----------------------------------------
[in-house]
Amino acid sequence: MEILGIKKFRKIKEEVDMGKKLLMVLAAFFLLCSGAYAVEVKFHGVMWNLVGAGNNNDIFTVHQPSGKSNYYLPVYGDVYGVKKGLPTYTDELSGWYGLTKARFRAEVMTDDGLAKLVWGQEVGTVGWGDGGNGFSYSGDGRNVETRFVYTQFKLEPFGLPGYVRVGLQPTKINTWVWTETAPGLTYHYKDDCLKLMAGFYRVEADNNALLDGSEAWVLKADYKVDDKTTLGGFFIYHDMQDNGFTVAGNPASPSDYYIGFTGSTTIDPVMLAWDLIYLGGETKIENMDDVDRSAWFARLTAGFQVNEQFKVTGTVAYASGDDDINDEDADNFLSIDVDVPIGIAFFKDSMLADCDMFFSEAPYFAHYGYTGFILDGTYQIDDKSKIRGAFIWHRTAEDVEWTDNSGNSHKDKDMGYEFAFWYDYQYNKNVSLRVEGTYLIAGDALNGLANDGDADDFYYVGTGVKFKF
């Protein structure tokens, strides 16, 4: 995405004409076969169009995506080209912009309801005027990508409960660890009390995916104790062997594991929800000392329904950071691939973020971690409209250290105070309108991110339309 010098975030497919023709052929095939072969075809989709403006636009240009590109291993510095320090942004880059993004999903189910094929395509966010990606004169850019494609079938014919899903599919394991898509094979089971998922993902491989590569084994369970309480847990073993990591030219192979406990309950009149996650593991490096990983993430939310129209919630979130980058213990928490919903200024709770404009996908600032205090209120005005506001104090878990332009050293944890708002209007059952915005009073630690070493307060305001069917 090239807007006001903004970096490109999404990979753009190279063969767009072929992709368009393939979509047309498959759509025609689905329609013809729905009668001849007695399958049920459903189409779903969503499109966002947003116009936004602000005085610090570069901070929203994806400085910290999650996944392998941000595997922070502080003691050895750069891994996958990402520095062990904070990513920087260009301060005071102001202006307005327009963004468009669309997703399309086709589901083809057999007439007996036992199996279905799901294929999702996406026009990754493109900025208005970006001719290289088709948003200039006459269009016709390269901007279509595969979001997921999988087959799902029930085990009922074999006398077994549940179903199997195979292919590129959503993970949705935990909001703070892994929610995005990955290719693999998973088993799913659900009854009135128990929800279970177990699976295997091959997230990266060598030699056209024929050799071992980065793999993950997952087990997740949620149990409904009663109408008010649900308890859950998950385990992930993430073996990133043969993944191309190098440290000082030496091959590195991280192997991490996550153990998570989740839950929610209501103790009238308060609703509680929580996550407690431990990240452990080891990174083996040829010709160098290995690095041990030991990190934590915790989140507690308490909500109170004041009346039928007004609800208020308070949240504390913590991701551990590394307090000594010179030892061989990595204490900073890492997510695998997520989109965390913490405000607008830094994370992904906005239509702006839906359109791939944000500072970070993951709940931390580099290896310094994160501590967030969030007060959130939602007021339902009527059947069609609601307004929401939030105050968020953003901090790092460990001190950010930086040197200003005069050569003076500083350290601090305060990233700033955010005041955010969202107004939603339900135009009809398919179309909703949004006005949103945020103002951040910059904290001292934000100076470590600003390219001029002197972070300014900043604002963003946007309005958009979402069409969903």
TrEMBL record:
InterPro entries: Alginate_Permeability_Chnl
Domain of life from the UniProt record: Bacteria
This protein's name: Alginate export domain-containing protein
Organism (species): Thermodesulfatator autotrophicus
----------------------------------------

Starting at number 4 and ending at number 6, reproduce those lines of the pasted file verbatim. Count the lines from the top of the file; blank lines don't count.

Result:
TrEMBL record:
InterPro entries: Alginate_Permeability_Chnl
Domain of life from the UniProt record: Bacteria